Thursday, 11 July 2013

Two aqueducts, a coal canal and a water powered pumping station and you can't see any of them.

The main problem with aqueducts is that you cannot view them from the canal.

Looking back across the Avoncliffe Aqueduct. I know that the best view is from below but we hadn't planned for an expedition into the valley bottom so this is as good a view as any, from the canal.
We also crossed the Dundas,

at least there is a chance to see above the parapet from this one.

At the west end the Somerset Coal Canal joins the main line. Unfortunately it is now only a stub used as moorings. But there are dreams of restoration, now there's a challenge. It was originally built to tap into the coal traffic from the Somerset coal field at Paulton. 18 miles and twenty three locks. There was a branch to Radstock but water supply problems led to this being converted to a tramway in 1815. Beaten by railway competition the canal closed in 1898 and was finally abandoned in 1904.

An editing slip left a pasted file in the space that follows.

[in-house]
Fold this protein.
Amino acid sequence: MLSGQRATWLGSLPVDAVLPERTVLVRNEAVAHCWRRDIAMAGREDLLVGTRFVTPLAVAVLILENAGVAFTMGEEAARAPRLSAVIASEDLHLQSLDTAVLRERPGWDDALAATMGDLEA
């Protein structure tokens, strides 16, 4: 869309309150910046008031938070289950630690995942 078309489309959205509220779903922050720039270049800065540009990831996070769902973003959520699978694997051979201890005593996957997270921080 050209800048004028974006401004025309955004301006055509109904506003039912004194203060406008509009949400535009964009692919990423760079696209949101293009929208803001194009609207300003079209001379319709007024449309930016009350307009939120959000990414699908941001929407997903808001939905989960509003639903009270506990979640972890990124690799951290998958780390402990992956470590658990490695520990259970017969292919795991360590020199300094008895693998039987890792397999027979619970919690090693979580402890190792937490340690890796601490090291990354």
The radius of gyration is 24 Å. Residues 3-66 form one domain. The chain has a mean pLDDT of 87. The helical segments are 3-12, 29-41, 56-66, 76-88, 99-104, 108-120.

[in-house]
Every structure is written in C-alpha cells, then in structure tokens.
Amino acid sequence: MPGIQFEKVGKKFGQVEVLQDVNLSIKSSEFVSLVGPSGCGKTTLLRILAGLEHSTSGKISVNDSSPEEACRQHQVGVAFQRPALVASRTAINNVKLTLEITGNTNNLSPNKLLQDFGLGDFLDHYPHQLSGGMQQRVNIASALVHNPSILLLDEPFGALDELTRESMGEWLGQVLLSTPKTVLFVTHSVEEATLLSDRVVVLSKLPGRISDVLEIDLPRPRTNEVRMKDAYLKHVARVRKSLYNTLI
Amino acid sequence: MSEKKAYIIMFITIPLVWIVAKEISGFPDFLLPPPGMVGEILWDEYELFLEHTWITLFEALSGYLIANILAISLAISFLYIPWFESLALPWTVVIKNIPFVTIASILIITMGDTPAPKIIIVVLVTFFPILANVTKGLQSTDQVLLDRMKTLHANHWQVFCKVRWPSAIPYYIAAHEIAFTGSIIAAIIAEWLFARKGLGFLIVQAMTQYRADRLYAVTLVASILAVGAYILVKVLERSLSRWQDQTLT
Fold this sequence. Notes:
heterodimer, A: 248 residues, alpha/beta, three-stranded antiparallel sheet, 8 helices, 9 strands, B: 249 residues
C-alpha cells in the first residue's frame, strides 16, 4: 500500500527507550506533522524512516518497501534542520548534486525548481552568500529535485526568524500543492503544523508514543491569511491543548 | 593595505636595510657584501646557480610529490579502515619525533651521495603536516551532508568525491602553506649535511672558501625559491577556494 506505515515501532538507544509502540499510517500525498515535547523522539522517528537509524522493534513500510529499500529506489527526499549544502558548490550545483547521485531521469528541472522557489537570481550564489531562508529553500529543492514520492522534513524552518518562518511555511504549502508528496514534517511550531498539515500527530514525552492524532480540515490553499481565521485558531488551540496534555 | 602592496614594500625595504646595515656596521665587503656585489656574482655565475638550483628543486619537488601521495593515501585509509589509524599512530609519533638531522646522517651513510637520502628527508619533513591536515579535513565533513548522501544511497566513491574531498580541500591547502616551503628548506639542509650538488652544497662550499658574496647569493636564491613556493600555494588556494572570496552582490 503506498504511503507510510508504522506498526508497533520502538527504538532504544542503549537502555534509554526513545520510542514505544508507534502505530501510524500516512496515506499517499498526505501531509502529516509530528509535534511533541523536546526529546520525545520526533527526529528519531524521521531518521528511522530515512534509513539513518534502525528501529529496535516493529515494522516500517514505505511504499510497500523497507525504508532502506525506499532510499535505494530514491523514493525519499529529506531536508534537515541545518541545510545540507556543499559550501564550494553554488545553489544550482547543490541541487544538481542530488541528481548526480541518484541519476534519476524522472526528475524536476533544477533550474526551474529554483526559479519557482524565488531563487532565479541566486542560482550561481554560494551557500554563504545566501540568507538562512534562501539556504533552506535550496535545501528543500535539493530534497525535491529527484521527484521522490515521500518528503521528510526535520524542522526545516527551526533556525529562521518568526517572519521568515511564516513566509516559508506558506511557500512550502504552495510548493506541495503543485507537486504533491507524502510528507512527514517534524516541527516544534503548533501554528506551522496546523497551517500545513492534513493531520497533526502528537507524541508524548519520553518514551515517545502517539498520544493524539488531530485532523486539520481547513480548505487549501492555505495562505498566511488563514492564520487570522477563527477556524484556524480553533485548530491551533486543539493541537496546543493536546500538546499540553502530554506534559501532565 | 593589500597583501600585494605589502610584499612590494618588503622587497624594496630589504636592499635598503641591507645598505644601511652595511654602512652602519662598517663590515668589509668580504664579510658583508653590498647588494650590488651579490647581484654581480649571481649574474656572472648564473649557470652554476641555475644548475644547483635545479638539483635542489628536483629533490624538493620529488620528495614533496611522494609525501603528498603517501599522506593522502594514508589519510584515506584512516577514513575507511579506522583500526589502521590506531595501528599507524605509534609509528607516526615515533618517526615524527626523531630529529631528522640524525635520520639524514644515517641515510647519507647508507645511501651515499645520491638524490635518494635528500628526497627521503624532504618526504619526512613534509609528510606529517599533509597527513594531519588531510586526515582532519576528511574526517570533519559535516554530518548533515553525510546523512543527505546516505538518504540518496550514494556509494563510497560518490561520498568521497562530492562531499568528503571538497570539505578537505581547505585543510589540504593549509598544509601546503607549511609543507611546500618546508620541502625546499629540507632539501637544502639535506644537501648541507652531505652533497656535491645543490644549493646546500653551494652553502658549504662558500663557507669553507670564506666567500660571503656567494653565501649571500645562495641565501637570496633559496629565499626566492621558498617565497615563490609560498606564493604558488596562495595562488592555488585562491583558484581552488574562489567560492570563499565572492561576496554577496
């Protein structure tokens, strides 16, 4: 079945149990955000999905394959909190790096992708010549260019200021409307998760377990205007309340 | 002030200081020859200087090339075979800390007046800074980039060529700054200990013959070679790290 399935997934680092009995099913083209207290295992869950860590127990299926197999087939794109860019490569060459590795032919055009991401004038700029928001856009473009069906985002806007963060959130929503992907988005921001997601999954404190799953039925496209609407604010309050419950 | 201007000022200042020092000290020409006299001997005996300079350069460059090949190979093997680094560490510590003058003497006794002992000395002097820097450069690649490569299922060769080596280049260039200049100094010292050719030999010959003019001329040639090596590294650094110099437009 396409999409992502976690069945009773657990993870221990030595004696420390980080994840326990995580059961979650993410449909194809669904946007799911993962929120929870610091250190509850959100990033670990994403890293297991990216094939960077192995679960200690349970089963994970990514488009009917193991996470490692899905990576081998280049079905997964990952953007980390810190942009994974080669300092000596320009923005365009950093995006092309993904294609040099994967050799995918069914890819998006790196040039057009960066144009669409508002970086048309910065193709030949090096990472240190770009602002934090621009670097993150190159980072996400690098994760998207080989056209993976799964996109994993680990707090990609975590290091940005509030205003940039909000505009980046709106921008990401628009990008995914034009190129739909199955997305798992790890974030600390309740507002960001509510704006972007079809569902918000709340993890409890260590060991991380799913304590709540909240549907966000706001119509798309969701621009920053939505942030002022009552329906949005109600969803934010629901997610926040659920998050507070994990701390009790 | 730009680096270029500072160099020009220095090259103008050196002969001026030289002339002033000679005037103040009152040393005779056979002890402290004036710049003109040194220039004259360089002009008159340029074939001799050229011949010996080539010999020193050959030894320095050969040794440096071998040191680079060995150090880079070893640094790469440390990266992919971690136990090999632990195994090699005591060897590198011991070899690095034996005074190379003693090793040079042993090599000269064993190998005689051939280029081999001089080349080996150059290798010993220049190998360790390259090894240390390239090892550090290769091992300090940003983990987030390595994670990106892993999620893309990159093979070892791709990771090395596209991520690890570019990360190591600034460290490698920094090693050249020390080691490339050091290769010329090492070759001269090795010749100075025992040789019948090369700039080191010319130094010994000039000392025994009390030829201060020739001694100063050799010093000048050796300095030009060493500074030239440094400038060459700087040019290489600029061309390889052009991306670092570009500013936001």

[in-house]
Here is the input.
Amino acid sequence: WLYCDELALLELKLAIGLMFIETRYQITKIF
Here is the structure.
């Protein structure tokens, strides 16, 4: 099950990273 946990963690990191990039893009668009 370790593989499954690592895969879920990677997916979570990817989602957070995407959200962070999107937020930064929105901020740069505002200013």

We moored at Claverton.

The waterwheel of the pumping station is currently being rebuilt so it is not open to visitors for the rest of the year.

Across the field the cattle were lazing by the Avon while a short way upstream the weir,

which feeds the pumping station, was proving a great attraction in the heat of a summers day.
The field also provided a splendid spot for several groups of picnickers and when the herd of cattle wandered over,

they were ignored with true British phlegm.

"Where there is honey there are bees."

Watch this space.....................

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